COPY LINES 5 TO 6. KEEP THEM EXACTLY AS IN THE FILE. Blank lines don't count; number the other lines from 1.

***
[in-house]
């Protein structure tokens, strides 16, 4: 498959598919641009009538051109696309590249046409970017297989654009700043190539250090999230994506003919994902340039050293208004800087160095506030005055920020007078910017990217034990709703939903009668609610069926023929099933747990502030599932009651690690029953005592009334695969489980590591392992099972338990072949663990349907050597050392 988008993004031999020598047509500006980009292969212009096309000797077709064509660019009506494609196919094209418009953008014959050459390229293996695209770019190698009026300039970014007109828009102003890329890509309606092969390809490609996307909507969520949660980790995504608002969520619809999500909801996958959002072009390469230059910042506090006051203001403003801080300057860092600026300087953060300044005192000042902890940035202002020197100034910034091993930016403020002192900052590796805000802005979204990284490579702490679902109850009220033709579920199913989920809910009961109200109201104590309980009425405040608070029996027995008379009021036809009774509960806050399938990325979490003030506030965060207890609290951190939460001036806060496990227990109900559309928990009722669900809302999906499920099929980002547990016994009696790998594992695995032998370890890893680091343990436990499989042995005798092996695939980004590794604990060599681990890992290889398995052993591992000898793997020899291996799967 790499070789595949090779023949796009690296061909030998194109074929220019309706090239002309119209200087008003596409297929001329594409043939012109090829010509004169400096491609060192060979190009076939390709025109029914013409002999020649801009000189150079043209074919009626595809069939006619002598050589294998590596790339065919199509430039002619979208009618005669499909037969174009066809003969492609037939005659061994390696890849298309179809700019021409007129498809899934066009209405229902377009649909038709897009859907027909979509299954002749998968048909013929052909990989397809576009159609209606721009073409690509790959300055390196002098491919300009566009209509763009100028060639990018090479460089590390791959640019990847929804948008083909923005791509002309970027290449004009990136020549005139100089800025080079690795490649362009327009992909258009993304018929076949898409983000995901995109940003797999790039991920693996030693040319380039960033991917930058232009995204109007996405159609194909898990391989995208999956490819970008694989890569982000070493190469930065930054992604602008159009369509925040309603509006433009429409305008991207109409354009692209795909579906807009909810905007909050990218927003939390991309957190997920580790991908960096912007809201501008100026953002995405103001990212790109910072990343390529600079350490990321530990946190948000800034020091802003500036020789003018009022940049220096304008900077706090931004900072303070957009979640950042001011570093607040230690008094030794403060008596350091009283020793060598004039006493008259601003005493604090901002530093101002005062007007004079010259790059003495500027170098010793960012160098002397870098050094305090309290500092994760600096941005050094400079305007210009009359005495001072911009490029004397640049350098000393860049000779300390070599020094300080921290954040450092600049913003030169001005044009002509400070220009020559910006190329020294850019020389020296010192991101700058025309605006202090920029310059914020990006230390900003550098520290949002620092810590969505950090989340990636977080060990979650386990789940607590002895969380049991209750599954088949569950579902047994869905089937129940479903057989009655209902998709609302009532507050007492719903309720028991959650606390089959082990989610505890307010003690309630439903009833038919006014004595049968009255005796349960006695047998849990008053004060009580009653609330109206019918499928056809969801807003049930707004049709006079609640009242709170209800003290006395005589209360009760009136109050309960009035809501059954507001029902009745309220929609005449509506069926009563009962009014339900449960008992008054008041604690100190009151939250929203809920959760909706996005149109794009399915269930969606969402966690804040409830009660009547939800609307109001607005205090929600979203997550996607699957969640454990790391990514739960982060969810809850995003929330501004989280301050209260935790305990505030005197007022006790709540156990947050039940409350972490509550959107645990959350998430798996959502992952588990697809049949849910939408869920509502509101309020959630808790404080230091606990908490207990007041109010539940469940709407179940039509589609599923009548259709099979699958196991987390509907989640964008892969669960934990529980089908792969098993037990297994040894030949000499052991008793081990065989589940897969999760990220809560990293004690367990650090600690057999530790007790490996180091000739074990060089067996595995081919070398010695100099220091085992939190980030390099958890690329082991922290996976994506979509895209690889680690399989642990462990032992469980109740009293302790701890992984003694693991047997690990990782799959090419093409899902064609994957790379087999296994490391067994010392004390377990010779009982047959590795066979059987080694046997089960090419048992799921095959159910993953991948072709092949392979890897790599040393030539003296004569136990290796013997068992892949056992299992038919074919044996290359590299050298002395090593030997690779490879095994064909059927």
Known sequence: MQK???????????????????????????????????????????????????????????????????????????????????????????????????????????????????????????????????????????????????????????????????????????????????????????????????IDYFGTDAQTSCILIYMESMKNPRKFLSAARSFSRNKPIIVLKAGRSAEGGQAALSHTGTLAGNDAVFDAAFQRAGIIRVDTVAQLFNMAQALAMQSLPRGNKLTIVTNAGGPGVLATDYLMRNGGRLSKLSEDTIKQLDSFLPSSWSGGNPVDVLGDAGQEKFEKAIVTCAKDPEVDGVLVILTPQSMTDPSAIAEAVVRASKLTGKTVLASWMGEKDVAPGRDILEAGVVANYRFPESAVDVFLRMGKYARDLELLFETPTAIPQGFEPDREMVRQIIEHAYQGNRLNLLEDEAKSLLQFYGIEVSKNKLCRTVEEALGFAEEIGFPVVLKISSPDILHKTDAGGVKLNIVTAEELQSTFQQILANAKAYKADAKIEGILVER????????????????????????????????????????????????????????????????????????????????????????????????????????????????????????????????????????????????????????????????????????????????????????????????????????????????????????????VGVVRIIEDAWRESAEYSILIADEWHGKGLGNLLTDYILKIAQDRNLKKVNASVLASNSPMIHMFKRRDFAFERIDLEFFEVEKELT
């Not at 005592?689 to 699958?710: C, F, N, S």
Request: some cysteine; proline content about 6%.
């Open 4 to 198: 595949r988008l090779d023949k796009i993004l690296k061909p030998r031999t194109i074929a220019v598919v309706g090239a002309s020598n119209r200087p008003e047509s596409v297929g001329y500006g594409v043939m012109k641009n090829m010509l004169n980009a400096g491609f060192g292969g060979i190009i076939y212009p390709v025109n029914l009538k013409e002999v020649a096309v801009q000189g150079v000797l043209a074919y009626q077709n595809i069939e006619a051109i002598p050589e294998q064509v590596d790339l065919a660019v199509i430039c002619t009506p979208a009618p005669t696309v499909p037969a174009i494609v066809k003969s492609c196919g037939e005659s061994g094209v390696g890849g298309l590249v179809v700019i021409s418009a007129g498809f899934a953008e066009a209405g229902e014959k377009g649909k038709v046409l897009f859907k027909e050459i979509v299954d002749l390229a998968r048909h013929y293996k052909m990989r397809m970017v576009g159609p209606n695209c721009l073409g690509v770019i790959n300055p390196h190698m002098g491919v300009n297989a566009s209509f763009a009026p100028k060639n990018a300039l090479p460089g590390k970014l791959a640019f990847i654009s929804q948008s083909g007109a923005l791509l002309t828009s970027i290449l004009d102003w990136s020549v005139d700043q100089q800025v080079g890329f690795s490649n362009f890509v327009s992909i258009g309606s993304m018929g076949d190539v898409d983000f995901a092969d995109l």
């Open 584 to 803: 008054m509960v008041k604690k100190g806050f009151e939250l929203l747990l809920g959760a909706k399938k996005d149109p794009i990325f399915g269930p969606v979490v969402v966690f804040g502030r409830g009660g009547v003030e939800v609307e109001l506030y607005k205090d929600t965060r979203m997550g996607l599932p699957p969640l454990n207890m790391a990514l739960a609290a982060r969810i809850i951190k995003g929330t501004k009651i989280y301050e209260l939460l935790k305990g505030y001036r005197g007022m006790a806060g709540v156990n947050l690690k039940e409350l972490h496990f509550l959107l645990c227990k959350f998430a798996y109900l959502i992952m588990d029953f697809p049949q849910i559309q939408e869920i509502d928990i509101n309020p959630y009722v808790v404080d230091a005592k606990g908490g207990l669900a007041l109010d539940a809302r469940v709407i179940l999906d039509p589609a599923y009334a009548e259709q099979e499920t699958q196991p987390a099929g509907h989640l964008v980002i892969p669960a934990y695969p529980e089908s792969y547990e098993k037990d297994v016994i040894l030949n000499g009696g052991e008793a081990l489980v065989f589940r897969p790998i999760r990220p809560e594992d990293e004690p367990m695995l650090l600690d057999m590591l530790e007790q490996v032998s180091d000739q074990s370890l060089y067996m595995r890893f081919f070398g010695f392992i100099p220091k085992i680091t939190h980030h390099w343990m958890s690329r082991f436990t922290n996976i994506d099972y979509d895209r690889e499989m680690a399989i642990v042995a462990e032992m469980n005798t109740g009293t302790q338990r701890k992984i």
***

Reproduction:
Request: some cysteine; proline content about 6%.
């Open 4 to 198: 595949r988008l090779d023949k796009i993004l690296k061909p030998r031999t194109i074929a220019v598919v309706g090239a002309s020598n119209r200087p008003e047509s596409v297929g001329y500006g594409v043939m012109k641009n090829m010509l004169n980009a400096g491609f060192g292969g060979i190009i076939y212009p390709v025109n029914l009538k013409e002999v020649a096309v801009q000189g150079v000797l043209a074919y009626q077709n595809i069939e006619a051109i002598p050589e294998q064509v590596d790339l065919a660019v199509i430039c002619t009506p979208a009618p005669t696309v499909p037969a174009i494609v066809k003969s492609c196919g037939e005659s061994g094209v390696g890849g298309l590249v179809v700019i021409s418009a007129g498809f899934a953008e066009a209405g229902e014959k377009g649909k038709v046409l897009f859907k027909e050459i979509v299954d002749l390229a998968r048909h013929y293996k052909m990989r397809m970017v576009g159609p209606n695209c721009l073409g690509v770019i790959n300055p390196h190698m002098g491919v300009n297989a566009s209509f763009a009026p100028k060639n990018a300039l090479p460089g590390k970014l791959a640019f990847i654009s929804q948008s083909g007109a923005l791509l002309t828009s970027i290449l004009d102003w990136s020549v005139d700043q100089q800025v080079g890329f690795s490649n362009f890509v327009s992909i258009g309606s993304m018929g076949d190539v898409d983000f995901a092969d995109l």